Someone Great reminded me to nurture my female friendships as much as my relationship
As I watched the first few scenes of Netflix's romantic comedy Someone Great, I felt the thrill of recognition. In the film written and directed by Jennifer Kaytin Robinson, central character Jenny (Gina Rodriguez) and I share a lot in common: We're both journalists living in New York City who are in long-term relationships that began in college. Montage sequences of Jenny and her beau look a lot like my own love story—kisses on the subway platform, late-night bodega trips, walks through Washington Square Park.
Then our stories diverge.
When Jenny gets her dream job in San Francisco, her partner of nine years dumps her and she recruits her best friends to go on an epic bender. The fundamental romance of this romantic comedy reveals itself to be the love shared between Jenny and her best friends, Erin (DeWanda Wise) and Blair (Brittany Snow).
I watched the movie alone on my couch with a bowl of popcorn nestled in my lap. I occasionally paused to check on my boyfriend who was battling the flu in the next room. We've been together for nine years. I am incredibly grateful to be in a relationship wherein bouts of illness are fought as a pair—there's always a live-in nurse to make you chicken soup and deliver tea—but I felt envious of those female friendships on screen.
Jenny, Erin, and Blair are actual #friendshipgoals. They're the kind of pals who strike the perfect balance of calling each other out on their shit and knowing how to cheer each other up with just a look. "All I feel for you right now is love coursing through my veins and I want to hug it out," Erin says to Blair after an argument. They have dance parties and fashion shows in their apartments. They encourage one another to drink tequila and tap into their wild sides.
I got to thinking: If my life as I know it were to change tomorrow, who would be the magical wing women to swoop in and help me?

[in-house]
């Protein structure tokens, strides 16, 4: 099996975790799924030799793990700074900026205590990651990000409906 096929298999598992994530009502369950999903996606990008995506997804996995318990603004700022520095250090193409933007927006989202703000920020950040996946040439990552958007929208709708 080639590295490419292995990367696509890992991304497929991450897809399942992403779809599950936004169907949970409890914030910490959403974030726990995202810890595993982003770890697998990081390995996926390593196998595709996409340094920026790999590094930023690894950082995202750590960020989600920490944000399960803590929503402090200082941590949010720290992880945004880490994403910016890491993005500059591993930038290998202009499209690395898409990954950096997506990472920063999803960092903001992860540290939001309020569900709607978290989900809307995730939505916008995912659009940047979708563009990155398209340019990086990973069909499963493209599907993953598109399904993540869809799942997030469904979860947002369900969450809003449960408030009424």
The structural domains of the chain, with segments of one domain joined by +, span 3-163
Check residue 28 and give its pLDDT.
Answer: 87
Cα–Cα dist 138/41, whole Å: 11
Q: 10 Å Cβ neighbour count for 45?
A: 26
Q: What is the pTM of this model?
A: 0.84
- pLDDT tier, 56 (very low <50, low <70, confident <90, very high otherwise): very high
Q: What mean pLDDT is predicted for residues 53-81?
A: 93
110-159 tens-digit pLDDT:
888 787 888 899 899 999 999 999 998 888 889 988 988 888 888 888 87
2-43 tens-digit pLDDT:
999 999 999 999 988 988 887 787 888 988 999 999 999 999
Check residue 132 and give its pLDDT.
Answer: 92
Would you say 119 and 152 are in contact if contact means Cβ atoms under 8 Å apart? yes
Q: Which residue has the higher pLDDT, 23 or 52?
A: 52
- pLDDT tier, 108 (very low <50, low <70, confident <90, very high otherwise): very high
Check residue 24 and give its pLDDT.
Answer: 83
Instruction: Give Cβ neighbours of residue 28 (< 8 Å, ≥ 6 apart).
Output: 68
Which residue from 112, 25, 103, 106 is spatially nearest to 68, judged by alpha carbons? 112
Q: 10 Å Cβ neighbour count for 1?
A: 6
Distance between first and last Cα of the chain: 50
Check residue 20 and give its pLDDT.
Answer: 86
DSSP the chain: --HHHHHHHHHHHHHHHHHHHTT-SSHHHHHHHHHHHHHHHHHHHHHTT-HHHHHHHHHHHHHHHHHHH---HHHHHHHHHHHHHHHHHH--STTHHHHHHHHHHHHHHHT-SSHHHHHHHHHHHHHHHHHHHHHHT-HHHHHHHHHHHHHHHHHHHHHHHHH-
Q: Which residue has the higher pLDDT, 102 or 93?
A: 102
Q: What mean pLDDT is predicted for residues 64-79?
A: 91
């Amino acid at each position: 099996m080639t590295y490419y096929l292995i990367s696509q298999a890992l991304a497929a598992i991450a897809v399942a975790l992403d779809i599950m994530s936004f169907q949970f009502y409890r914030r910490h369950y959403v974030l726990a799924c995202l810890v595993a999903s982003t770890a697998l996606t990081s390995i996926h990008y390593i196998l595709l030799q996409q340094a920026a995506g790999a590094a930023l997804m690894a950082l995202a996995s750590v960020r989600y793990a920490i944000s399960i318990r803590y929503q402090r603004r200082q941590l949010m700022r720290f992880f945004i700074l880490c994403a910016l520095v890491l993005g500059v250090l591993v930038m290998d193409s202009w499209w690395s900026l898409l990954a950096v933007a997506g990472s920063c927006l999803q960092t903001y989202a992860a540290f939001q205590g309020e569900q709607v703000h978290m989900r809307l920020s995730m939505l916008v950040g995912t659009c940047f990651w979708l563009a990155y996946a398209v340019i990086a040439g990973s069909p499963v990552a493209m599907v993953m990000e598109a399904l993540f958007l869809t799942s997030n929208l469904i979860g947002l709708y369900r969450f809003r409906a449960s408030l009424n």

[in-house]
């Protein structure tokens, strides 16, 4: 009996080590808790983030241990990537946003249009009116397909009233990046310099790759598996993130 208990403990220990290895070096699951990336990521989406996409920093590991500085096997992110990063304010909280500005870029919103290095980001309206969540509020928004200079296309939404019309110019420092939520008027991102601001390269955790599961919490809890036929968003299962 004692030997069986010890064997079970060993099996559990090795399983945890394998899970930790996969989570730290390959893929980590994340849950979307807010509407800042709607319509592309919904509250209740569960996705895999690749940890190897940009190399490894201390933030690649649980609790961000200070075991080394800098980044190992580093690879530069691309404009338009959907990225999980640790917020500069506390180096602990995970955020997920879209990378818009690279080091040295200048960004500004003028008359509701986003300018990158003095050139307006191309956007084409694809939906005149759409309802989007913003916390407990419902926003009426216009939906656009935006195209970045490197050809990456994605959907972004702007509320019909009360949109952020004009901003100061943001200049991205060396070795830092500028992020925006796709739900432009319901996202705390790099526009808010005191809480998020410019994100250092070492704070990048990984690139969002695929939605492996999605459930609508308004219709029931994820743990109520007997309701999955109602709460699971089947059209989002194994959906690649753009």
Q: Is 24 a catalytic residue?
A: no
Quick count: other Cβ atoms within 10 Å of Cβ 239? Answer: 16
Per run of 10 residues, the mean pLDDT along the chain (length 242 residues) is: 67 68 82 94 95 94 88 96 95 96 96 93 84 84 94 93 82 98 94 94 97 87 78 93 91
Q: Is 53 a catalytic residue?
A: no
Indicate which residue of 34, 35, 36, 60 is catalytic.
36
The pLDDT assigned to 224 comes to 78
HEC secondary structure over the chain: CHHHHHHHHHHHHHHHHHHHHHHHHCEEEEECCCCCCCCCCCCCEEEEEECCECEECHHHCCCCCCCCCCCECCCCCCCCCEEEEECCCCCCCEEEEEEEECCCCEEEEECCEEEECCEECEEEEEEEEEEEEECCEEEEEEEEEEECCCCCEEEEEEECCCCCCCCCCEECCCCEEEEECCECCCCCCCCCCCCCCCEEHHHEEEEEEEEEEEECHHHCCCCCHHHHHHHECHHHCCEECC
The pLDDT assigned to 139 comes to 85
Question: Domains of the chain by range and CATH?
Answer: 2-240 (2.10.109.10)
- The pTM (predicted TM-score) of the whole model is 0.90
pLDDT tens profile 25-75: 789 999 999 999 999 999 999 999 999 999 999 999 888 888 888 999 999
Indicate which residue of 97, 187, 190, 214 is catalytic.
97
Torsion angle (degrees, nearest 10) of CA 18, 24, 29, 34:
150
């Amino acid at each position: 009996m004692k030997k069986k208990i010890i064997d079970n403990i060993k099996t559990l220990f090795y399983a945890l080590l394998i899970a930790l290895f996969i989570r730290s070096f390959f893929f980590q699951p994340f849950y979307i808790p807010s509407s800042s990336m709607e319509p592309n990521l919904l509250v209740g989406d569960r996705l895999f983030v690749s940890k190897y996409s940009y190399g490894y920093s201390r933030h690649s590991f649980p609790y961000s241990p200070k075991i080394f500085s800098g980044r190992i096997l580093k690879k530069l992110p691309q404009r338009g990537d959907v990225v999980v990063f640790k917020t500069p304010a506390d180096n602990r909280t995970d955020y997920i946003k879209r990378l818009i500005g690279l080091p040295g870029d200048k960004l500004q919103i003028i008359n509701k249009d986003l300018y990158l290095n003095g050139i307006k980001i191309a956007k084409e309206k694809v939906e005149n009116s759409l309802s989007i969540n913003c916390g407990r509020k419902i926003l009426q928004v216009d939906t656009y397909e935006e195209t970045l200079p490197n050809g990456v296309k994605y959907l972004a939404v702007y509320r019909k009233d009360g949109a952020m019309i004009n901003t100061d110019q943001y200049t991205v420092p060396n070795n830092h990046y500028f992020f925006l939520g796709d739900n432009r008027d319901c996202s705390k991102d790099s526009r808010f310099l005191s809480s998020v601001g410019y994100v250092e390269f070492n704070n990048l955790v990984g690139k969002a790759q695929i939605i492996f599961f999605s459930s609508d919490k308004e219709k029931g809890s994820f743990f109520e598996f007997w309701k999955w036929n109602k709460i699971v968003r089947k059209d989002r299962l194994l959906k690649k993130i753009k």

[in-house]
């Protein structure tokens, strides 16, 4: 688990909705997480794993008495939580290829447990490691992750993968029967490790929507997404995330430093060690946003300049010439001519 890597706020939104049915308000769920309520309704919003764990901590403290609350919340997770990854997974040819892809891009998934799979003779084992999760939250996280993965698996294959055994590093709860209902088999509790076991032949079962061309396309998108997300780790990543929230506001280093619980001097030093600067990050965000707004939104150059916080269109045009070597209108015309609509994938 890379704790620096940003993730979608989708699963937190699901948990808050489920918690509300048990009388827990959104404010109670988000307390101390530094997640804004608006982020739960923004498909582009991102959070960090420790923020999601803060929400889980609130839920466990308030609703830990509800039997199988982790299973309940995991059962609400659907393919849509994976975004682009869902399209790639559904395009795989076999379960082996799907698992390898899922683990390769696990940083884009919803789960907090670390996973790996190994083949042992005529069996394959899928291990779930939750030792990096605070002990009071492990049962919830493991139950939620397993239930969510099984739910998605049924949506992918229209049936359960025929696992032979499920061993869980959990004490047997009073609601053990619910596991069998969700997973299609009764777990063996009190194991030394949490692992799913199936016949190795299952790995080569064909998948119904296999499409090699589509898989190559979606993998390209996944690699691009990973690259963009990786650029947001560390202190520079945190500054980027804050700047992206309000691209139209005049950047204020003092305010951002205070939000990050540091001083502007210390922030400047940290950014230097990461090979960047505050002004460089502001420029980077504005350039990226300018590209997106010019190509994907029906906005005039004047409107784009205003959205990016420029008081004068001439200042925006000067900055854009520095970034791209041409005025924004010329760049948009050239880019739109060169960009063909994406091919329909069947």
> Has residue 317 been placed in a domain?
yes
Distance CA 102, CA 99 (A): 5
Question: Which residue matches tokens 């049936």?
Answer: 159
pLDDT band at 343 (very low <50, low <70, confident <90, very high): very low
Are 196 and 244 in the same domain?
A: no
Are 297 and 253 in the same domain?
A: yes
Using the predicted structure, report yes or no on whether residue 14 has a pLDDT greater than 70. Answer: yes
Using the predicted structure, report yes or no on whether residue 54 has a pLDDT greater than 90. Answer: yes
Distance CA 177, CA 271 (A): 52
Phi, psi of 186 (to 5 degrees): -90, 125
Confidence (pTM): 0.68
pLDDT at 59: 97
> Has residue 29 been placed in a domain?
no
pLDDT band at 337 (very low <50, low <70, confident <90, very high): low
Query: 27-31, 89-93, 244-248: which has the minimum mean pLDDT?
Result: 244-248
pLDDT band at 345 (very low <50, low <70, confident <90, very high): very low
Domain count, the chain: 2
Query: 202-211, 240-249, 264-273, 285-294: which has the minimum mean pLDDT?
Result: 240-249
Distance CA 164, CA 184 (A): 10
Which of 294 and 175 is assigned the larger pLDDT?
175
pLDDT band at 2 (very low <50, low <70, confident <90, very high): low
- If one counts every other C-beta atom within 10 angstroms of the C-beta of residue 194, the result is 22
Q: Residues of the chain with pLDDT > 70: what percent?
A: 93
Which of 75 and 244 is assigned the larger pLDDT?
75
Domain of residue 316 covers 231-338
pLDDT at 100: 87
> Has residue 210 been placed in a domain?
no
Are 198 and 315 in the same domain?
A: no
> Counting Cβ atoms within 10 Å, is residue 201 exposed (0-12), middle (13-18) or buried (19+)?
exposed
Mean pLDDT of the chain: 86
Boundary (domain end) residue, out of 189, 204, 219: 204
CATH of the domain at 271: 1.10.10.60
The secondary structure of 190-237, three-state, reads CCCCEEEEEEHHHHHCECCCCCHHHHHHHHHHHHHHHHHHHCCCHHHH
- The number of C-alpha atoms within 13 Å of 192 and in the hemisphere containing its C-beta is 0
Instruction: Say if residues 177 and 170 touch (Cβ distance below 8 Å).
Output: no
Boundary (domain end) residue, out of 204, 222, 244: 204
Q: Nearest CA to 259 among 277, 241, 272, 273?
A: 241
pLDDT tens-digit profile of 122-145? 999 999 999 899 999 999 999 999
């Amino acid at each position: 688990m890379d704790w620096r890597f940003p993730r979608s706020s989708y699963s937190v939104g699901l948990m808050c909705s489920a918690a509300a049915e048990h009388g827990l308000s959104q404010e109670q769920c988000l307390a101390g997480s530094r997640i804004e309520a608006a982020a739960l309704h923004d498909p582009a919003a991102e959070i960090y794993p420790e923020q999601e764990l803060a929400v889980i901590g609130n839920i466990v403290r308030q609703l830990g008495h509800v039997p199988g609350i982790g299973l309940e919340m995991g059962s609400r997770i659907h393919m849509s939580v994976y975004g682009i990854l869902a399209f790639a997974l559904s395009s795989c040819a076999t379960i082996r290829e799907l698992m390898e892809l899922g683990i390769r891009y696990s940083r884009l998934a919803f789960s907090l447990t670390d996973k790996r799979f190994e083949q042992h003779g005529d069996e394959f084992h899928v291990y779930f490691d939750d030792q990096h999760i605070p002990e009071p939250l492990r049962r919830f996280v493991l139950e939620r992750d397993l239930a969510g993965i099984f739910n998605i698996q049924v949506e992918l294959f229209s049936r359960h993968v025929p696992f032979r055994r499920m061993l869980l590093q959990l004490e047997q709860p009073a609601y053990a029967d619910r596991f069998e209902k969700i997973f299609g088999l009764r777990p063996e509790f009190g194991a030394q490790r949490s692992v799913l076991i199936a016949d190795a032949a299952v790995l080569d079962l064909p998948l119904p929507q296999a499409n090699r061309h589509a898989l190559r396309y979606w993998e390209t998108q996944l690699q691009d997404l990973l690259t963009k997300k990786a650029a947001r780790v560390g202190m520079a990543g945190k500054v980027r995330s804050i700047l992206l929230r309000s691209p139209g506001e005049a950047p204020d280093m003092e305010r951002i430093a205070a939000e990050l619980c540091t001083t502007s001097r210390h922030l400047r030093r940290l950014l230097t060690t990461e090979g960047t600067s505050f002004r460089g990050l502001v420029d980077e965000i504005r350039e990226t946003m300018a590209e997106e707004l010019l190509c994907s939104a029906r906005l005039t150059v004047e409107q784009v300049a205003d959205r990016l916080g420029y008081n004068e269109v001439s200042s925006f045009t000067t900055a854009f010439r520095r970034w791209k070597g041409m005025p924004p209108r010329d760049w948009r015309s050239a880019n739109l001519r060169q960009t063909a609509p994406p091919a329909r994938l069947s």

Who would comfort me when I had the flu? Or even worse, who would mend my broken heart? The last decade of my life has been more date nights than girls' nights out, so I didn't have an answer.
The thing about college relationships is that they can be all-consuming. A freshman year romance is a magic solution to the herculean task of making new friends. It's a salve for homesickness. A first love is filled with a lot of, well, exciting firsts. While my boyfriend and I were building our very own supercut amidst the backdrop of New York City, other friendships in my life became subsidiary. Graduation came and went, and somewhere along the way, time spent with other friends became relegated to birthday celebrations and special occasions.
Reader, I need you to know that I have friends. Some pretty great ones, actually. But my high school comrades are scattered around the globe, my college roomie is in London, and my core friend group in New York is shared with my boyfriend. All of this is to say that dates with girlfriends are few and far between, and many of my friendships are in need of some stoking.
Someone Great inspired me to get on it. I challenged myself to be more intentional with my social calendar, to make plans, and to keep them. (My idea of fun is a little more PG than that of the Someone Great trio: There was no molly popped or joints rolled as part of my friendly experiment.)
I invited two high school friends to meet me in the city, and we spent a rainy afternoon at an interactive museum posing for silly pictures and wading through a ball pit. The rest of the day included some lingerie shopping and lots of laughs.
I also went to a book launch with a dear friend, and we ended the night talking about novels over negronis and french fries.
I planned an early-morning Skype check-in with my friend who lives in Germany, something we now plan to do on a regular basis.
A post-work happy hour with a group of ladies turned into a Lower East Side romp, an 11 o'clock three-course dinner, and, well, a mid-week hangover. It was worth it.
These few friend dates were some of the most meaningful social encounters I've had in awhile.
By intentionally focusing on these relationships, I’ve realized the crucial role that female friendships have in my life.
Yes, pitchers of margaritas were consumed, but there were also discussions about a friend's recent first date, advice to another about how to ask her partner to move in, and encouragement to negotiate a salary raise. Our conversations covered money and self-care and sex and mental health. Beauty products were recommended, recipes were swapped, secrets were spilled. These are topics that don't come up as pillow talk with my partner.
Someone Great may not have a typical happy ending for a romantic comedy. But it does have an indisputable happily ever after: Jenny, Erin, and Blair's love will endure. And I have a feeling that my book club, yoga class, and hiking plans with friends—and the girls' trip now on my calendar—will help my friendships endure, too.